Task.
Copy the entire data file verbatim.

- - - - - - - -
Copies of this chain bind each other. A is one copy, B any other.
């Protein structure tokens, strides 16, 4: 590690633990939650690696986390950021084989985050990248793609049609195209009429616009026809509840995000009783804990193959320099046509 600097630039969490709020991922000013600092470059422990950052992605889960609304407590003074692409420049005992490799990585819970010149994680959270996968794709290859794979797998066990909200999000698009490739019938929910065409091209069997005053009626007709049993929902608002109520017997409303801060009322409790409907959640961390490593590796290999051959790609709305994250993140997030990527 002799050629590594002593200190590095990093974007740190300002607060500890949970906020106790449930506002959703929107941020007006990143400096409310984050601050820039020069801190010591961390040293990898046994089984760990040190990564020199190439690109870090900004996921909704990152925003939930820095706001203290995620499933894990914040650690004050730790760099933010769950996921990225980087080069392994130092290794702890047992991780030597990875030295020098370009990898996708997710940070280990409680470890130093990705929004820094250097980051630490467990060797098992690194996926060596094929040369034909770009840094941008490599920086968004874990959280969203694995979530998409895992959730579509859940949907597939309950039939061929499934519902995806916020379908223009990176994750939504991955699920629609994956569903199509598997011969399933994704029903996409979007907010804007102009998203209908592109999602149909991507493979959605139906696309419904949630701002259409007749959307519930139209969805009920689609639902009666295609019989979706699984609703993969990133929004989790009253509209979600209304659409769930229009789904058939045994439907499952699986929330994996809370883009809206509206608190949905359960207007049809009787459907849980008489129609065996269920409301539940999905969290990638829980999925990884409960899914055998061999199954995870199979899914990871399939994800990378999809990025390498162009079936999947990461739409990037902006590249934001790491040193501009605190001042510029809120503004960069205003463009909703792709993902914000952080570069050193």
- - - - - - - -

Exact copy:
Copies of this chain bind each other. A is one copy, B any other.
């Protein structure tokens, strides 16, 4: 590690633990939650690696986390950021084989985050990248793609049609195209009429616009026809509840995000009783804990193959320099046509 600097630039969490709020991922000013600092470059422990950052992605889960609304407590003074692409420049005992490799990585819970010149994680959270996968794709290859794979797998066990909200999000698009490739019938929910065409091209069997005053009626007709049993929902608002109520017997409303801060009322409790409907959640961390490593590796290999051959790609709305994250993140997030990527 002799050629590594002593200190590095990093974007740190300002607060500890949970906020106790449930506002959703929107941020007006990143400096409310984050601050820039020069801190010591961390040293990898046994089984760990040190990564020199190439690109870090900004996921909704990152925003939930820095706001203290995620499933894990914040650690004050730790760099933010769950996921990225980087080069392994130092290794702890047992991780030597990875030295020098370009990898996708997710940070280990409680470890130093990705929004820094250097980051630490467990060797098992690194996926060596094929040369034909770009840094941008490599920086968004874990959280969203694995979530998409895992959730579509859940949907597939309950039939061929499934519902995806916020379908223009990176994750939504991955699920629609994956569903199509598997011969399933994704029903996409979007907010804007102009998203209908592109999602149909991507493979959605139906696309419904949630701002259409007749959307519930139209969805009920689609639902009666295609019989979706699984609703993969990133929004989790009253509209979600209304659409769930229009789904058939045994439907499952699986929330994996809370883009809206509206608190949905359960207007049809009787459907849980008489129609065996269920409301539940999905969290990638829980999925990884409960899914055998061999199954995870199979899914990871399939994800990378999809990025390498162009079936999947990461739409990037902006590249934001790491040193501009605190001042510029809120503004960069205003463009909703792709993902914000952080570069050193």